Book publishers go hyper-local and flourish in South Carolina
In early 2010, attorney and Charleston native Tom Tisdale called author-editor Stephen Hoffius to figure out how to get a couple of important books back in print.
By the numbers
83 percent of Americans ages 16-29 have read a book in the past year. Some 75 percent read a print book, 19 percent read an e-book and 11 percent listened to an audiobook.
Among Americans who read e-books, those under 30 are more likely to read on a cellphone (41 percent) or computer (55 percent) than on an e-book reader such as a Kindle (23 percent) or tablet (16 percent).
Overall, 47 percent of younger Americans read long-form e-content such as books, magazines or newspapers. E-content readers under 30 are more likely than older e-content readers to say that they are reading more these days due to the availability of e-content (40 percent vs. 28 percent).
60 percent of Americans under 30 used the library in the past year. Some 46 percent used the library for research, 38 percent borrowed books (print books, audiobooks or e-books) and 23 percent borrowed newspapers, magazines or journals.
National Endowment for the Arts, 2008
Demographics of literature readers
Young adults show the most rapid increases in literary reading. Since 2002, readers ages 18-24 have seen the biggest increase (9 percent) in literary reading, and the most rapid rate of increase (21 percent). This jump reversed a 20 percent rate of decline in the 2002 survey, the steepest rate of decline since the NEA survey began.
Since 2002, reading has increased at the sharpest rate (up 20 percent) among Hispanic Americans; reading rates have increased among blacks by 15 percent, and among whites by 8 percent.
For the first time in the survey's history, literary reading has increased among both men and women. Literary reading rates have grown or held steady for adults of all education levels.
Pew Research Center, 2012
“The Shaftesbury Papers,” a volume first published in 1897 by the South Carolina Historical Society, contained documents concerning the settlement of Carolina in 1670 and the early character of the Lowcountry. “Led On! Step By Step,” the autobiography of the Rev. Anthony Toomer Porter, was first published in 1898 and contained a fascinating account of an essential figure: an Episcopal priest and planter who became an abolitionist and worked during and after the Civil War for reconciliation. He established the Porter Military Academy to educate children orphaned by the war. (It merged in 1964 with the Gaud School for Boys and the Watt School to become the Porter-Gaud School.)
South Carolina's book publishers
At least 12 book publishers are active in South Carolina. All are focused on local and regional people and topics.
Coastal Villages Press, Beaufort: coastalvillagespress.com
Warbranch Press, Central: www.warbranchpress.com
Evening Post Books, Charleston: www.eveningpostbooks.com
History Press, Charleston: historypress.net
Home House Press, Charleston: homehousepress.org
University of South Carolina Press, Columbia: www.sc.edu/uscpress
Ninety-Six Press, Greenville: facweb.furman.edu/~wrogers/96Press/home.htm
Arcadia Publishing, Mount Pleasant: www.arcadiapublishing.com
Sylvan Dell Publishing, Mount Pleasant: www.sylvandellpublishing.com
Sandlapper Publishing, Orangeburg: www.sandlapperpublishing.com
Hub City Press, Spartanburg: hubcity.org
Joggling Board Press, Summerville: jogglingboardpress.com
Both titles no longer were sold commercially, so Tisdale and Hoffius searched for a publisher that would reissue them. They were not successful, but they were determined.
“So we went ahead and published them,” Tisdale said.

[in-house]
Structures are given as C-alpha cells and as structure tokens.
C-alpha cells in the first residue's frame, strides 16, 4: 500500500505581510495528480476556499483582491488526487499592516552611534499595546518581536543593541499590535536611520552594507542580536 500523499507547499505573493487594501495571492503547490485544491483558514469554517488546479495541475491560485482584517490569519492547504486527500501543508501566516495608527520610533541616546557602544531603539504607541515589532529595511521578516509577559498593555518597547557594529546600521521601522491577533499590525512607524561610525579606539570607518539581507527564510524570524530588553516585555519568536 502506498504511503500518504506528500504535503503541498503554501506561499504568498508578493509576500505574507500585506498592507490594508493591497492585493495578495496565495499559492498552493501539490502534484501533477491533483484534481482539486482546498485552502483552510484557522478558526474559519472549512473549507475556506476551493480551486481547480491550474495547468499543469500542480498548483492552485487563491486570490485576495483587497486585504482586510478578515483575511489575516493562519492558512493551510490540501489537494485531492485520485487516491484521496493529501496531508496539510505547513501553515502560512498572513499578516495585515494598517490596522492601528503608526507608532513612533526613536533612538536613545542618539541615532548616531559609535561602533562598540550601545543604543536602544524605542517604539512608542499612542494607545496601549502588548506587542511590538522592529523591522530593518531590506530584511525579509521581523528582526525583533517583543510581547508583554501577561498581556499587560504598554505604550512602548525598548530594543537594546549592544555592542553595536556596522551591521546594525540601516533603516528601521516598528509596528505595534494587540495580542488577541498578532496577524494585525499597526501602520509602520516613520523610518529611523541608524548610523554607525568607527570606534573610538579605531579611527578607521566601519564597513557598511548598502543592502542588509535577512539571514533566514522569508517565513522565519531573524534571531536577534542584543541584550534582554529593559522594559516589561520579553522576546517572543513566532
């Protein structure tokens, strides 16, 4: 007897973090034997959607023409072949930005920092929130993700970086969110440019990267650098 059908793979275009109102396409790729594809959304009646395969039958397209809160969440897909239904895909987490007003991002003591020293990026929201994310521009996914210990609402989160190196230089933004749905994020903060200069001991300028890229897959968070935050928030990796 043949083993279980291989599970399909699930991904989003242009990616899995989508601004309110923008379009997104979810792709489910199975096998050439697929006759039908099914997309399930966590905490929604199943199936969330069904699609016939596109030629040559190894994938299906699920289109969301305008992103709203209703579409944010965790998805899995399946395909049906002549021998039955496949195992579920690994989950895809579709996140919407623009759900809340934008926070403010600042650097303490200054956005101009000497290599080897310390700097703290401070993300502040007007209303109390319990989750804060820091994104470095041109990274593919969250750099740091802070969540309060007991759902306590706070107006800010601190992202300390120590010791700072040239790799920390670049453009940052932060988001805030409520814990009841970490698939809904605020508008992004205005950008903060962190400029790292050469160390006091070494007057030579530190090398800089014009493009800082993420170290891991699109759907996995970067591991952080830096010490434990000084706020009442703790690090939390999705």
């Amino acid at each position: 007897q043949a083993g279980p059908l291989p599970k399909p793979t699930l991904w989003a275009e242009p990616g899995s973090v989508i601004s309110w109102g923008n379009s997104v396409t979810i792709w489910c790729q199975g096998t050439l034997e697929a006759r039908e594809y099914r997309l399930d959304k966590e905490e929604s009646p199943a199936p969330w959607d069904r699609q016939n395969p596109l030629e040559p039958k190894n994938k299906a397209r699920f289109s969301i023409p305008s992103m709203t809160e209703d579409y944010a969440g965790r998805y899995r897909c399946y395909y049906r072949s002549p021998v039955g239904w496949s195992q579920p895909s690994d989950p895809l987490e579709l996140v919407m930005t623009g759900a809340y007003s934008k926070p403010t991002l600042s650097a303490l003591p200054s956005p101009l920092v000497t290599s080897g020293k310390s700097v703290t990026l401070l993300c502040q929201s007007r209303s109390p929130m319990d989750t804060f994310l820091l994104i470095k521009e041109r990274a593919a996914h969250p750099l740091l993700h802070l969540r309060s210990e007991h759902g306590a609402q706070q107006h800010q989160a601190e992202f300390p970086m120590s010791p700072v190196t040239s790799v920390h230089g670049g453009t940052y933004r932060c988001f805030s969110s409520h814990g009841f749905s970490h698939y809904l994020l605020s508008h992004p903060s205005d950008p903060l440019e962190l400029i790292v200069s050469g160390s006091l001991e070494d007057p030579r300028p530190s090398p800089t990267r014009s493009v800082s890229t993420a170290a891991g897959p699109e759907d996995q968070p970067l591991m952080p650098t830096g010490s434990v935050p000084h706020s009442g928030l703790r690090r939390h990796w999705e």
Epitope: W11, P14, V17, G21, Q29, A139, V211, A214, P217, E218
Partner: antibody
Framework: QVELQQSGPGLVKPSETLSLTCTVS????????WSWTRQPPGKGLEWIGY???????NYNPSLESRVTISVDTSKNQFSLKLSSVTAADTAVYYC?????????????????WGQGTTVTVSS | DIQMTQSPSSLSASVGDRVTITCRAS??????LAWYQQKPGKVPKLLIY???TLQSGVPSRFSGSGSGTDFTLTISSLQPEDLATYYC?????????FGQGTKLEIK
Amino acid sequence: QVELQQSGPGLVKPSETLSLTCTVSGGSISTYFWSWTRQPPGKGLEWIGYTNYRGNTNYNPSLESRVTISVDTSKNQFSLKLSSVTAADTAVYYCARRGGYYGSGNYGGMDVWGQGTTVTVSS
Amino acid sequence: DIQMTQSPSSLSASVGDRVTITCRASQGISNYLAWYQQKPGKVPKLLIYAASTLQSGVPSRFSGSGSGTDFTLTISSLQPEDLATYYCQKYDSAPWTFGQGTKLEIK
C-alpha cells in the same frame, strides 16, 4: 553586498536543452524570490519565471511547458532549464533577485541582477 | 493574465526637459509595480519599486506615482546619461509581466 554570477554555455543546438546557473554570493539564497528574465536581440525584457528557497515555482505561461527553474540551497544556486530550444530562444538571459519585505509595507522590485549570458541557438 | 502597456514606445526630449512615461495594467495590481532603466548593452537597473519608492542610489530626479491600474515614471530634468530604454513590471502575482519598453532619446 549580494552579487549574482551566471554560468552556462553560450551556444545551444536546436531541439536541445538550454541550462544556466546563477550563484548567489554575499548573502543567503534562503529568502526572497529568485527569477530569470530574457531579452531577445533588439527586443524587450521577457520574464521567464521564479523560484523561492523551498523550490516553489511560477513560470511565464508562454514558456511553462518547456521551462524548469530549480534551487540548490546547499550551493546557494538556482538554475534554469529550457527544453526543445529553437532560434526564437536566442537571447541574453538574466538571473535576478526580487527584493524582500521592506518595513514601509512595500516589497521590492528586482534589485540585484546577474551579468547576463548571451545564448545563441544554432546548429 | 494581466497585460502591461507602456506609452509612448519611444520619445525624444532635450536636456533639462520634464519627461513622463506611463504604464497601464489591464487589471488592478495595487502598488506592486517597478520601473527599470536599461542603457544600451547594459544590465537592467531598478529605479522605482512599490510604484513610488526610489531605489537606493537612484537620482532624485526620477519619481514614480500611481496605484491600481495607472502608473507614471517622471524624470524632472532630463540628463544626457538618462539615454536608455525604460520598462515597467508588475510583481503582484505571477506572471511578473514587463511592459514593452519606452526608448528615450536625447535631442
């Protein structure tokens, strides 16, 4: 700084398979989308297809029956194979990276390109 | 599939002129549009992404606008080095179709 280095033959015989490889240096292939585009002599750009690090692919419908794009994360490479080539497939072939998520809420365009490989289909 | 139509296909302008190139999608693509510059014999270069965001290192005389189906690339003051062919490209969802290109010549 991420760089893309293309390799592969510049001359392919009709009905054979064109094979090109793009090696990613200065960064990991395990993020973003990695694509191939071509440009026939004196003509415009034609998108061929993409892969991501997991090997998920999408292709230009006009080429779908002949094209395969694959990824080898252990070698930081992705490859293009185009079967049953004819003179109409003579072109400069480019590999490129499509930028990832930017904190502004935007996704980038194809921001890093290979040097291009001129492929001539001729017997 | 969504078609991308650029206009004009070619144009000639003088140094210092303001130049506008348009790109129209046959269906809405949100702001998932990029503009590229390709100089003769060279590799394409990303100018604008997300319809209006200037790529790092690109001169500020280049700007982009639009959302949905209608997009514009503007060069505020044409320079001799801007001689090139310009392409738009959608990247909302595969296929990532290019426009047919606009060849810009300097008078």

Home House Press is one of at least a dozen book publishers operating in South Carolina. Half of those companies are based in the Charleston area. They produce traditional books — printed on paper, bound and shipped to stores and customers. They do this in a digital age when printed materials such as newspapers, magazines and books face increasing competition from other media platforms.
They are succeeding, more or less, even as larger publishers — typically divisions of multinational media conglomerates — are struggling to cope with growing demand for Web-based products and electronic books. They are flourishing even though powerful retailers and distributors like Amazon and Ingram demand discounts and high fees.
What's the secret? Specialization, South Carolina publishers said. And a strong emphasis on local topics and people. Oh, and coffee table books.
All of the state's book publishers, including its biggest and most venerable, University of South Carolina Press, have found a niche for themselves.
Arcadia Publishing, established in 1993 and based in Mount Pleasant, has a catalog of about 8,000 titles. Most are short histories of cities and towns across the U.S., but Arcadia's books also cover such topics as sports, entertainment, religion, parks and the military.
Sylvan Dell Publishing, also Mount Pleasant-based, produces educational children's books. The History Press, located in Charleston, is committed to “preserving and enriching community by empowering history enthusiasts to write local stories for local audiences.”
Evening Post Publishing Co., which owns The Post and Courier, launched Evening Post Books in 2008. It specializes “in high-quality literary fiction and non-fiction written by authors hailing from and writing about the South Carolina Lowcountry.”
And Sandlapper Publishing, based in Orangeburg, “(celebrates) South Carolina's rich heritage with books that promote and preserve the people, places, history, cuisine and culture of South Carolina.”
A widely held assumption is that people are reading less these days, that the heyday of book publishing is forever relegated to the past, that competition from other media platforms is signaling the end of print.
In an interview with The New York Times' Charles McGrath last month, famed novelist Philip Roth said the novel form might not be finished but “the readership is dying out. That's a fact, and I've been saying it for 15 years. I said the screen will kill the reader, and it has. The movie screen in the beginning, the television screen and now the coup de grâce, the computer screen.”